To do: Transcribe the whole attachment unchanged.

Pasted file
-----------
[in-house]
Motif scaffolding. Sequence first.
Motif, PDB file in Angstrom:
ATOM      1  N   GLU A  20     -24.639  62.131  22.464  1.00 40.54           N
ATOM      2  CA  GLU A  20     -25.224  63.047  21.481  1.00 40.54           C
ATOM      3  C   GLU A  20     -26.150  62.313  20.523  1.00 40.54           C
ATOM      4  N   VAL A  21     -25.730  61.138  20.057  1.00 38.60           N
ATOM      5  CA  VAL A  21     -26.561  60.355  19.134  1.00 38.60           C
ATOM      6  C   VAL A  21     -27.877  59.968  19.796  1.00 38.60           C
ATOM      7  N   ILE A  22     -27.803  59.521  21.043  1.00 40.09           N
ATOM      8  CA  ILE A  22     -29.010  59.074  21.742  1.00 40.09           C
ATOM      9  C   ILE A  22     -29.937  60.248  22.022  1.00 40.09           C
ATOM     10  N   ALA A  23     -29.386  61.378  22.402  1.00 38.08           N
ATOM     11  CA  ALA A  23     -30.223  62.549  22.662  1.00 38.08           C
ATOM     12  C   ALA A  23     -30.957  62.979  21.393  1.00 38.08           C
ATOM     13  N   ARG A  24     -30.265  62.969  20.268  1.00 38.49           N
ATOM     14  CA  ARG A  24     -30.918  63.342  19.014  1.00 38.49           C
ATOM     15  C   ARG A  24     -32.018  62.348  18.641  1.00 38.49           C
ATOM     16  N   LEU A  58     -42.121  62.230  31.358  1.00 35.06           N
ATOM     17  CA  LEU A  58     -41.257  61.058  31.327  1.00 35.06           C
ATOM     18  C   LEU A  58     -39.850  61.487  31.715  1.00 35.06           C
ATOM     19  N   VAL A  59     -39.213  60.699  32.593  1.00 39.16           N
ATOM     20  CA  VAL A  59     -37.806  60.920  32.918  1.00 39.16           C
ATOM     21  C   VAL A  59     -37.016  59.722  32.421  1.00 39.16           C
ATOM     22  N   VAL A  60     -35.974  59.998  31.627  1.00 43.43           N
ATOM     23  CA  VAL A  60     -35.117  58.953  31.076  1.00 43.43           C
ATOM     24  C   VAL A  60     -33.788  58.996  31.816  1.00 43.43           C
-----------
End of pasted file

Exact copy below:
[in-house]
Motif scaffolding. Sequence first.
Motif, PDB file in Angstrom:
ATOM      1  N   GLU A  20     -24.639  62.131  22.464  1.00 40.54           N
ATOM      2  CA  GLU A  20     -25.224  63.047  21.481  1.00 40.54           C
ATOM      3  C   GLU A  20     -26.150  62.313  20.523  1.00 40.54           C
ATOM      4  N   VAL A  21     -25.730  61.138  20.057  1.00 38.60           N
ATOM      5  CA  VAL A  21     -26.561  60.355  19.134  1.00 38.60           C
ATOM      6  C   VAL A  21     -27.877  59.968  19.796  1.00 38.60           C
ATOM      7  N   ILE A  22     -27.803  59.521  21.043  1.00 40.09           N
ATOM      8  CA  ILE A  22     -29.010  59.074  21.742  1.00 40.09           C
ATOM      9  C   ILE A  22     -29.937  60.248  22.022  1.00 40.09           C
ATOM     10  N   ALA A  23     -29.386  61.378  22.402  1.00 38.08           N
ATOM     11  CA  ALA A  23     -30.223  62.549  22.662  1.00 38.08           C
ATOM     12  C   ALA A  23     -30.957  62.979  21.393  1.00 38.08           C
ATOM     13  N   ARG A  24     -30.265  62.969  20.268  1.00 38.49           N
ATOM     14  CA  ARG A  24     -30.918  63.342  19.014  1.00 38.49           C
ATOM     15  C   ARG A  24     -32.018  62.348  18.641  1.00 38.49           C
ATOM     16  N   LEU A  58     -42.121  62.230  31.358  1.00 35.06           N
ATOM     17  CA  LEU A  58     -41.257  61.058  31.327  1.00 35.06           C
ATOM     18  C   LEU A  58     -39.850  61.487  31.715  1.00 35.06           C
ATOM     19  N   VAL A  59     -39.213  60.699  32.593  1.00 39.16           N
ATOM     20  CA  VAL A  59     -37.806  60.920  32.918  1.00 39.16           C
ATOM     21  C   VAL A  59     -37.016  59.722  32.421  1.00 39.16           C
ATOM     22  N   VAL A  60     -35.974  59.998  31.627  1.00 43.43           N
ATOM     23  CA  VAL A  60     -35.117  58.953  31.076  1.00 43.43           C
ATOM     24  C   VAL A  60     -33.788  58.996  31.816  1.00 43.43           C